Now watch this. In the midst of this, David is aware of the fact that if God knows the hearts of everyone, he knows his own heart as well. And David says at the end of verse 1, he says, My prayer does not come from deceitful lips. He's mindful that he's searched his own heart here, and so he's urgently praying here, and his assumption is, his knowledge is, his confidence and his trust is this, that the righteousness of God will motivate God to act on his behalf. He says, God, because you are this way, I am confident that you will respond to my prayer and act on my behalf, that you will not be silent and indifferent in the face of injustice. And my cause before you, Lord, is just, and so he urgently appeals to Yahweh, the God of the covenant, who has made great promises and has sworn to keep them. God, you're righteous.

God, you know. God, you're a promise-keeping God to your people. Therefore, I have every ground to appeal to you with confidence that you will honor my prayer and bless me in the end. He's calling to the judge who sees, the God who knows. And in light of this, the next three verses are quite bold in what they say. David prays in a way that might seem inappropriate until you understand exactly what he's saying. So let's look at the next three verses, verses three through five here. He hasn't gotten to his exact request yet. He's just invoking God.

He's calling to God's attention, and now he says in verse three, Lord, you have tried my heart. You have visited me by night. You have tested me, and you find nothing.

I have purposed that my mouth will not transgress. As for the deeds of men, by the word of your lips, I have kept from the paths of the violent. My steps have held fast to your paths.

My feet have not slipped. David here is making a remarkable proclamation in the presence of God that he is praying to God with integrity. He has searched his heart, and he says, Lord, I'm not praying in a deceitful way. I'm praying in accordance with your will. My life shows the marks of a man who has separated himself from the ways of the wicked. I have pursued the word of your lips.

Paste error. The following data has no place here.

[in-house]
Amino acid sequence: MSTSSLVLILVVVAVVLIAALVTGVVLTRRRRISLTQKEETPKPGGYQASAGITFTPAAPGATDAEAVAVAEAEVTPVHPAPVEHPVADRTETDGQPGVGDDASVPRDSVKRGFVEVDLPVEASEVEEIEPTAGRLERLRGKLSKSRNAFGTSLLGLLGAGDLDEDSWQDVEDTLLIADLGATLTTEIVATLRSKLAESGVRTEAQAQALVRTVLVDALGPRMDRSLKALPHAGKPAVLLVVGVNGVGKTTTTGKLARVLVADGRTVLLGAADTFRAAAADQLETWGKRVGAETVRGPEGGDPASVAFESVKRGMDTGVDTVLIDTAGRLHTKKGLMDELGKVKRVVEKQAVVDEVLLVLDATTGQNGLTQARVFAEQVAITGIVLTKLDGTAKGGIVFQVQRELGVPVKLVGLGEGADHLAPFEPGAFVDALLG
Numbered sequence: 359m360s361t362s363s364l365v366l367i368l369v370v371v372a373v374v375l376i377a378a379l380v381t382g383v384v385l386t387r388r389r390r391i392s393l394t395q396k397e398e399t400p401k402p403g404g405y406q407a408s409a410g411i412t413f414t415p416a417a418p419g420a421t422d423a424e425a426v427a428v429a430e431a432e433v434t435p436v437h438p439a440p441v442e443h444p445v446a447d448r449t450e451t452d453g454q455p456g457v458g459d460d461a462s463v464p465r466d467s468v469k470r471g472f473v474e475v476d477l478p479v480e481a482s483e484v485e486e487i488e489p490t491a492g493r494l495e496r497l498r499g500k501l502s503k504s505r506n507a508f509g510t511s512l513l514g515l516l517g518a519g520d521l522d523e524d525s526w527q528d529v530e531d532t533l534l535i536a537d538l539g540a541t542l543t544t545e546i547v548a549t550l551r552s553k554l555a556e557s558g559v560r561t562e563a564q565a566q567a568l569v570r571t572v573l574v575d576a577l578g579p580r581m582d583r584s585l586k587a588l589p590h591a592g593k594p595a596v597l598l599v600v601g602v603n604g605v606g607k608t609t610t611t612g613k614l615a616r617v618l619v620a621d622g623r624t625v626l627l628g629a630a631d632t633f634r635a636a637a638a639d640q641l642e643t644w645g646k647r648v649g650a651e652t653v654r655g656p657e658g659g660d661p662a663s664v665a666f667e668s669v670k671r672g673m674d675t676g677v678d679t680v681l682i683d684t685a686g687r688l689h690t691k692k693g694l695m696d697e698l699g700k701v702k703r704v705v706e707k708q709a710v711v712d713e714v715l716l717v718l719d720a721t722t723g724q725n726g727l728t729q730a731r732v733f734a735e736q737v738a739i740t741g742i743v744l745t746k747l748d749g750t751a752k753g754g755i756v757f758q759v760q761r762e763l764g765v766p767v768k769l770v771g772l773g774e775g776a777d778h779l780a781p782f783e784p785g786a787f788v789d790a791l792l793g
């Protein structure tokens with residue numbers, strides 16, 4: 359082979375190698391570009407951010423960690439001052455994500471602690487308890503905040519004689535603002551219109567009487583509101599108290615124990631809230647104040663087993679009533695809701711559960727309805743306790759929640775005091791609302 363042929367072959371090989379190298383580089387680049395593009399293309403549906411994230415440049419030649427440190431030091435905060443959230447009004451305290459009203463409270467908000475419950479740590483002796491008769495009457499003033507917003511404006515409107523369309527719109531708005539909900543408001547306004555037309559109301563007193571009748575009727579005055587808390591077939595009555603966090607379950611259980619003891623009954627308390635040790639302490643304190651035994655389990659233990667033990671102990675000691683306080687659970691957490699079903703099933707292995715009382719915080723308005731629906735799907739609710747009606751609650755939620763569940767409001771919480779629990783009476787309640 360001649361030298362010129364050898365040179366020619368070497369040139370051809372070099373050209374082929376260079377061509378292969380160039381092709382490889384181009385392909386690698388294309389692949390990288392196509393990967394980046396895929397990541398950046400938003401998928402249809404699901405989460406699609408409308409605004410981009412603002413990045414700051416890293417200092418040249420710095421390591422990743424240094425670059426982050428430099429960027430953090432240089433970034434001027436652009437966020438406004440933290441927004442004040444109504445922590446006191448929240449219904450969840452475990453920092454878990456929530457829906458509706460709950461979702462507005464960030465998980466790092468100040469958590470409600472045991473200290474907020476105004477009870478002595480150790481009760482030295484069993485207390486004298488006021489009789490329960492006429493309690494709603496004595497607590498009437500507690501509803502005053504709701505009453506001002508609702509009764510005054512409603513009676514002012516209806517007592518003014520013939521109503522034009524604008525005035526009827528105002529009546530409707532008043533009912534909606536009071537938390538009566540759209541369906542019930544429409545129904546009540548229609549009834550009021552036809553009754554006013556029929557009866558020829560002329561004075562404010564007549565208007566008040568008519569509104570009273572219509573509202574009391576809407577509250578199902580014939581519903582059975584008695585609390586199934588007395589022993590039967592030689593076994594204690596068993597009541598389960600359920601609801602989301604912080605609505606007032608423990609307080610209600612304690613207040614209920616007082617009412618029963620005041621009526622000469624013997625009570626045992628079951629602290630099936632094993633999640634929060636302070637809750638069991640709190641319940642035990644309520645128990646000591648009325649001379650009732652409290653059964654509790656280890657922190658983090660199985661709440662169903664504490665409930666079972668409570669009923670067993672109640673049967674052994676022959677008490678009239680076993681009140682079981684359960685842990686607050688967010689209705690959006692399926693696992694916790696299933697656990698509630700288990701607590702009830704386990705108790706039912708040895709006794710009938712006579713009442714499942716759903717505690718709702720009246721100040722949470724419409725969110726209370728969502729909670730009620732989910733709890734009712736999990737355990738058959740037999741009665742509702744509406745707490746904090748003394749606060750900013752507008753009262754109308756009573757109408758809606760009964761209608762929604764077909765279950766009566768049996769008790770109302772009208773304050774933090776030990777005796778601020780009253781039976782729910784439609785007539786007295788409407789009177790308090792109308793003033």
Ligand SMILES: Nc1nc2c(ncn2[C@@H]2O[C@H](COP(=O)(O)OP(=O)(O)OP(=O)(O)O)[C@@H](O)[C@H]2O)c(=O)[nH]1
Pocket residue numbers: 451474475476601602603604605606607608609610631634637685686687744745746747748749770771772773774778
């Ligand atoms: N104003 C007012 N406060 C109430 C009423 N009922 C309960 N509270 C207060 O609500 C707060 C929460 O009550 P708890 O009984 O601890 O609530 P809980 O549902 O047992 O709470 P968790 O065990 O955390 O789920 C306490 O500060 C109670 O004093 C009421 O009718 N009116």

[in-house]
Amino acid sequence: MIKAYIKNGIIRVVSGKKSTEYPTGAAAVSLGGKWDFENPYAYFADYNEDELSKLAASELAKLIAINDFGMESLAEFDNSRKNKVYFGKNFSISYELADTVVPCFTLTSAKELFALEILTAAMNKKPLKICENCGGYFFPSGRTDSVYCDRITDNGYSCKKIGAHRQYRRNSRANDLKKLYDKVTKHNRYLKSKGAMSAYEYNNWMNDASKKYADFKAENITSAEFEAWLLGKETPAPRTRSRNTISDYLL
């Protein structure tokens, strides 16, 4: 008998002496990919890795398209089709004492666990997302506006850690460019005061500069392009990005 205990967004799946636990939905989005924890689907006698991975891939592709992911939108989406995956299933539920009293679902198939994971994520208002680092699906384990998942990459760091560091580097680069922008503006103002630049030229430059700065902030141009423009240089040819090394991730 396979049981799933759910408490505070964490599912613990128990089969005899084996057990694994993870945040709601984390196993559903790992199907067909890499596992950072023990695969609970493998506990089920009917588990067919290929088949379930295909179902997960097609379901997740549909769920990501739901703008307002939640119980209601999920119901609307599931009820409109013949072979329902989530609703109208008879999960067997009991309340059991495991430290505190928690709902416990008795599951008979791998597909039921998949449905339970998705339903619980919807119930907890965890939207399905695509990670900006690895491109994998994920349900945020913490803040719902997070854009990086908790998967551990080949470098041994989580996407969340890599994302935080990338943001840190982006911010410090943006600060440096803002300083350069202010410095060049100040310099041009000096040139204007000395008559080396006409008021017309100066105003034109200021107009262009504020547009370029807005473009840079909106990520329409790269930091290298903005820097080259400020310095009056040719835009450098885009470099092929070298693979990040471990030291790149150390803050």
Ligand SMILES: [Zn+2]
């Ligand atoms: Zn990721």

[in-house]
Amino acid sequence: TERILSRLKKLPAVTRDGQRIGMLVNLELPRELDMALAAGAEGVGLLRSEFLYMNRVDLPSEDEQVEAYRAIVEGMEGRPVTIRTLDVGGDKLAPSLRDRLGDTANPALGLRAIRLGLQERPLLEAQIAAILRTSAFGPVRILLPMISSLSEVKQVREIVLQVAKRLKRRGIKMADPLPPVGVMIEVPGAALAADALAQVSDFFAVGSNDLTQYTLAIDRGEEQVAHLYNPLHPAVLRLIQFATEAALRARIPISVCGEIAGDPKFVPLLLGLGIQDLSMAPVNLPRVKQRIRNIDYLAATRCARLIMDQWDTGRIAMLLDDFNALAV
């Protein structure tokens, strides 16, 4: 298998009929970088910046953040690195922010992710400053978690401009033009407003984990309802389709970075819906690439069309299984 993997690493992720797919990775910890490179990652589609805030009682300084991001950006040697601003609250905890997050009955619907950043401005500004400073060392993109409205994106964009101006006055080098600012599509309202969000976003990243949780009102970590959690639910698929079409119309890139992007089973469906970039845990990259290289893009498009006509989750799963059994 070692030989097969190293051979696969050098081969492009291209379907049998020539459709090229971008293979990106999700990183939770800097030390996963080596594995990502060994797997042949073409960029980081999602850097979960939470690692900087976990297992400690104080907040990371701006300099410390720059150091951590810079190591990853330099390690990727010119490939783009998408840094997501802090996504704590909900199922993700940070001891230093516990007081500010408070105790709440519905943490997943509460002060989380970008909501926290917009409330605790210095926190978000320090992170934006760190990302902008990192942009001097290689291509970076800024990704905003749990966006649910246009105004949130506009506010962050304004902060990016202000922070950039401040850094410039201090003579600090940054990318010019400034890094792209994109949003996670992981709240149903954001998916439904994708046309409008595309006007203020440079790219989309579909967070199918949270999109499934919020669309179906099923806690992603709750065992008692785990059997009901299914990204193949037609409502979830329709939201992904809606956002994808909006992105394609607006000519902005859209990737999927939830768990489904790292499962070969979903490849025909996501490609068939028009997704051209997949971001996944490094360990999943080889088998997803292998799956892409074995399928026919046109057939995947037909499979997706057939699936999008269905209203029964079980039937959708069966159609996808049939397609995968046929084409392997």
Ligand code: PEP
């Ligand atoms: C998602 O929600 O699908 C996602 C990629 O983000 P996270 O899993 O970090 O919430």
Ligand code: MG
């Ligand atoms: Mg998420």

My steps have held fast to your path. He is saying, I am praying to you out of integrity, and therefore I should have influence before your throne as I speak. It's a remarkable prayer. It's a bold prayer as he makes this petition before the Lord. Now, is that a right way to pray? I mean, we don't really think about praying with that kind of bold declaration of our own righteousness. Well, understand what David is saying here. David is not suggesting that he is sinless when he prays this way.

That's not the point of his petition. Rather, he is stating to God that he is blameless in the situation that he is bringing before him, and that he has a clear conscience as he prays. There is integrity in his heart. There is a blamelessness in his words.

There is a blamelessness in his conduct. And again, he is appealing to the omniscience of God and says, God, you know this to be true, and therefore you have reason to hear my prayer. You have no cause to rebuke me as I pray to you, because my heart, my words, my conduct are blameless before you.